The Lost Heritage
Dilip Kumar left for his heavenly abode. The generation I belong to has not been acquainted with Dilip Sahab's life and works. However, the way magazines, newspapers, TV channels, and social media have reacted to his death, it’s inevitable to say that my contemporaries and I have been able to earn, if not all, some familiarity with his grandeur. The other day while scrolling through my Facebook and observing different posts related to the legend’s life, an interview grabbed my attention. His wife Saira Banu mentioned that Dilip Kumar was quite fond of Persian and Urdu Poetry. Surprisingly, Saira Bano, to earn Dilip Kumar’s affection and to impress him, recruited a tutor to learn Farsi (Persian language) and Urdu. I wonder how much she loved him. No amount of words will ever be able to define her love.
Apart from that, when on the one hand I was flabbergasted to learn of her devotion to her beloved, I was intrigued by a question that struck my mind. What led to the eradication of Farsi from the sub-continent?
The arrival of the Mughals in the central regions of the subcontinent was not as similar to how Ghaznis and Ghoris made an appearance. The Mughals came to the Subcontinent to stay and rule this region with utmost dedication and concentration. Unlike any other foreign ruler who came to this land just to loot, plunder, fill their humungous pockets, and spend all their acquisitions on their own countries, the Mughals accepted this place as their homeland and whatever they earned from this locality, was only spent on this region. From the overawing architecture of Lahore Fort to the dazzling persona of Taj Mahal, and from the cultural heritage of India to the religious beliefs of the Subcontinent, each and every development of the Mughals illustrated the true essence of patriotism that the Mughal rulers had for the subcontinent in their selves. When we look into the different aspects of society during the Mughal reign, another treasure that the Mughals brought with them was the Persian Language. In that period, Persian culture and literature earned great respect in Indian society. Being the official court language, it was considered the language of elites, and all major works of that time were amalgamated in Farsi.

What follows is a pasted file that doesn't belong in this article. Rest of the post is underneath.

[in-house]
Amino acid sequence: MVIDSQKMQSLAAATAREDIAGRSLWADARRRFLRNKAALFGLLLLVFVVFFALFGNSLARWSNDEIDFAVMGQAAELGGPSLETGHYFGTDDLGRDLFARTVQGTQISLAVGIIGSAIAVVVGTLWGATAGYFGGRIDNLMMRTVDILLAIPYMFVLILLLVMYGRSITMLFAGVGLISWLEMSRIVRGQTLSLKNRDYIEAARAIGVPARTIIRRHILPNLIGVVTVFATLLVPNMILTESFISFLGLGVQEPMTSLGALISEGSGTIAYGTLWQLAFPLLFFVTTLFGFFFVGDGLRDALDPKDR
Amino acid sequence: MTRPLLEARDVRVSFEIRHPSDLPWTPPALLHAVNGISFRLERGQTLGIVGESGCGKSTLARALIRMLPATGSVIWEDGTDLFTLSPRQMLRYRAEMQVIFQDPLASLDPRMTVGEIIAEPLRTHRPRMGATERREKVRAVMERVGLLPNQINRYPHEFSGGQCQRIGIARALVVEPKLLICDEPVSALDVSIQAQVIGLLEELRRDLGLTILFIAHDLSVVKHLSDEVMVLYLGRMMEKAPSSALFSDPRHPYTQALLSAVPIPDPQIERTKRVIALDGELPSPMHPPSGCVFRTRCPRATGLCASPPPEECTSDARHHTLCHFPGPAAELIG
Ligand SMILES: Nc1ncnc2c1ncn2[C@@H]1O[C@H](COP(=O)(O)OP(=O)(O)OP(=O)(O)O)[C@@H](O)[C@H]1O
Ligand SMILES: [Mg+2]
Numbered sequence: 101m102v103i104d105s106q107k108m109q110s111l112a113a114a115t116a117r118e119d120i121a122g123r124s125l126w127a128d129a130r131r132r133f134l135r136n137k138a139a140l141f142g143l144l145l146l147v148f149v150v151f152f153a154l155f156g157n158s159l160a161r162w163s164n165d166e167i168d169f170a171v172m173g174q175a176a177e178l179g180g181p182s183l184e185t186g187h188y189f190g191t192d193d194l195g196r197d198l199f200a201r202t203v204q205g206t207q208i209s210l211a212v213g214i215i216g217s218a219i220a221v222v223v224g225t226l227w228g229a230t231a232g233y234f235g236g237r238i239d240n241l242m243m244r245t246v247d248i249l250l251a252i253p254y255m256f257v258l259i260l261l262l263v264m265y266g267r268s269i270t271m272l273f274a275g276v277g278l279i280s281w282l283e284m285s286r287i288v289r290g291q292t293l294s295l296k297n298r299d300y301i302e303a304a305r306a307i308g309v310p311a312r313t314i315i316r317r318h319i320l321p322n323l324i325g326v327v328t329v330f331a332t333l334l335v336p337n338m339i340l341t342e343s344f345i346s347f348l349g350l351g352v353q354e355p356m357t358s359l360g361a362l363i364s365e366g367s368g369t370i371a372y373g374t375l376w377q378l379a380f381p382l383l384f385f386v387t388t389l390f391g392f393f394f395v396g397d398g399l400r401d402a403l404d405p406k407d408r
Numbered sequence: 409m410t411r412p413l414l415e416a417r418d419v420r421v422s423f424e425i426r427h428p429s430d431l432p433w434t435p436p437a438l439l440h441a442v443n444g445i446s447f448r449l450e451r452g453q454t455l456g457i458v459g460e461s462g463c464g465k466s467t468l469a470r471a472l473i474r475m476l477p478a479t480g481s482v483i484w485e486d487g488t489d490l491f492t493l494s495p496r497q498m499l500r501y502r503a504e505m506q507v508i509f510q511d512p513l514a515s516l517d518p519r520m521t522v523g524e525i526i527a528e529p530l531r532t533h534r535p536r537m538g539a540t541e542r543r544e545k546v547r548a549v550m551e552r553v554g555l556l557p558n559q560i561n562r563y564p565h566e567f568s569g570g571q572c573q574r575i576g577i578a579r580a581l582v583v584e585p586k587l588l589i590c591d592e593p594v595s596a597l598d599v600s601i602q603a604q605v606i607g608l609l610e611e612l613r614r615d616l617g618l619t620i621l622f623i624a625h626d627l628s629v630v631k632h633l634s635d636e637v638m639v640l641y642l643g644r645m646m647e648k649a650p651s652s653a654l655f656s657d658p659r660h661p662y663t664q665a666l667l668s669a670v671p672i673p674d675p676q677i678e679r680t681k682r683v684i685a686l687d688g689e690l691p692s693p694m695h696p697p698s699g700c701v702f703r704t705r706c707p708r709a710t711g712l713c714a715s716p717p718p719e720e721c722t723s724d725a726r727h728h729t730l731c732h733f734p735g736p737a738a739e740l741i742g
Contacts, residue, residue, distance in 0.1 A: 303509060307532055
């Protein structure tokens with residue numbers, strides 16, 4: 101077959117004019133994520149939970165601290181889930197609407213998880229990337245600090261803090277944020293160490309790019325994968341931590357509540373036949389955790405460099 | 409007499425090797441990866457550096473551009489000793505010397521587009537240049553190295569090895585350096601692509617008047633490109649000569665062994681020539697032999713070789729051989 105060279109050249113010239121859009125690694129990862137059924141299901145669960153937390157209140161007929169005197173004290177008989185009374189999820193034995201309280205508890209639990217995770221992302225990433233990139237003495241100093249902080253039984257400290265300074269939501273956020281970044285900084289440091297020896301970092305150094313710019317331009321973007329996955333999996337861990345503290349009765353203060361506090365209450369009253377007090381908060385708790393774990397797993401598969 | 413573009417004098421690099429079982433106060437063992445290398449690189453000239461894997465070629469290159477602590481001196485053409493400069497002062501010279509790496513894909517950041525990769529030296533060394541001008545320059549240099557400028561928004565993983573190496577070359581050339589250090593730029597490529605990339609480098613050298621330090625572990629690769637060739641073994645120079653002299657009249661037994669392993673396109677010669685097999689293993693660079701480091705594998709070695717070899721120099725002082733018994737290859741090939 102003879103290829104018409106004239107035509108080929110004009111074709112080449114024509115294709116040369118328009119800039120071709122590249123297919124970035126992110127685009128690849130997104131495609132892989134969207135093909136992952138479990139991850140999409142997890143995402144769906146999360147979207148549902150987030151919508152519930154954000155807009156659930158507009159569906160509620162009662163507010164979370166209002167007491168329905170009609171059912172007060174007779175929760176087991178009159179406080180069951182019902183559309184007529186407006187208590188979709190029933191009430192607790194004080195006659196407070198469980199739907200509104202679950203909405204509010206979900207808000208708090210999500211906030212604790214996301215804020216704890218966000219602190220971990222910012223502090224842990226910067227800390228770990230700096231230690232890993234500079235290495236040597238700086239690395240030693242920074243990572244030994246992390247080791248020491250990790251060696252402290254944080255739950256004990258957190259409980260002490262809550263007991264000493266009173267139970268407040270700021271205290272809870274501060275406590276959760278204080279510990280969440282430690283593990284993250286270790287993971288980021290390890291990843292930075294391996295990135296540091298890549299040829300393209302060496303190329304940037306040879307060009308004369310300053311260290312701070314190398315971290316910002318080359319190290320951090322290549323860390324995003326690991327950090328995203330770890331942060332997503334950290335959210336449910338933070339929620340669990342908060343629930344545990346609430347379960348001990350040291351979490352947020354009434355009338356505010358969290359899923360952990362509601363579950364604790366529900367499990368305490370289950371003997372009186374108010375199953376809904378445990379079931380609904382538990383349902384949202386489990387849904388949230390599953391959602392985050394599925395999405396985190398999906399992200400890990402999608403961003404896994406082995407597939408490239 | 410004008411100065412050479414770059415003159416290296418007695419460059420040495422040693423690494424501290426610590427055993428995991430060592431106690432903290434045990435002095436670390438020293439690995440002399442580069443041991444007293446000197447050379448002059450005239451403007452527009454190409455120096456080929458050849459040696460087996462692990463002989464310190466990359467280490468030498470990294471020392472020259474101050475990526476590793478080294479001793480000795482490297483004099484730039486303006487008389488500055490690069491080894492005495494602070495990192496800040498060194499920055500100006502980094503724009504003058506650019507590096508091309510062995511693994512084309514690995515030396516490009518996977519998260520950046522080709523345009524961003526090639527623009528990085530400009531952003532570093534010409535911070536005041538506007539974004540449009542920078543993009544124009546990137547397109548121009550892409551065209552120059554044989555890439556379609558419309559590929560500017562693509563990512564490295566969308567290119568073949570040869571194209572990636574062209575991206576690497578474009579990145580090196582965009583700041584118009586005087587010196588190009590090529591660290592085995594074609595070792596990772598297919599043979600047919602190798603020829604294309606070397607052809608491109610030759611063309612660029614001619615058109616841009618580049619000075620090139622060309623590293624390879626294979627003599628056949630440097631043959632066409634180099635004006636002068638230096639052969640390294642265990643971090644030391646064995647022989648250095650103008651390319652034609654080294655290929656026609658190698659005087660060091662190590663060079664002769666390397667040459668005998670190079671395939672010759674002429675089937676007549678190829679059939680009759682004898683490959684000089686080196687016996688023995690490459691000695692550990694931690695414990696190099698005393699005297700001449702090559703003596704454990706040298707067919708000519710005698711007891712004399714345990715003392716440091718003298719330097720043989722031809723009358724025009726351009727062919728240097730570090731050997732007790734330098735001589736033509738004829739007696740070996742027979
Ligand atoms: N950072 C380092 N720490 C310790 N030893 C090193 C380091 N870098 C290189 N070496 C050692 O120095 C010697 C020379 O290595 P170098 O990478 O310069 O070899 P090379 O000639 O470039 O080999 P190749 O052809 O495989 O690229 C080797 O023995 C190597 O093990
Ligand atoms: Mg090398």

However, as the eyes of Indians witnessed the downfall of the Mughal Empire and the rise of the East India Company and later the colonization of India, I believe that colonization slowly and steadily, with the help of various policies, eradicated the Persian language with all its prestige and significance. Very cleverly, different decisions led to the Indians losing the language that once was a precious stone in the crown of the Indian aristocracy.
Mohammad Hussian Azad mentions, in his book Sukhan Daan-e-Faris (a compilation of his lectures), four major characteristics that affect a language’s potential and worth.
1. Freedom of the Public
2. Prosperity of the Empire
3. Empire’s Faith
4. Education and Culture
Molana believed that if these four characteristics are laid on strong footings, only then can a language sustain and rule political and social merits.
In light of what he mentioned, this region lost its independence to the influence of East India Company and then Great Britain. Secondly, the empire was not focused on the wellbeing of the public, due to its policies, internal clashes, and carelessness, which further paved a path towards the destabilization of the Mughal empire. Thirdly, the theological involvement of the Persian language was reduced to a point where only a few people had an acquaintance with the Persian language and literature. Almost every local lost the understanding and utilization of this language. Lastly, education and culture gradually replaced the influence of the Persian language with English modernity and superiority.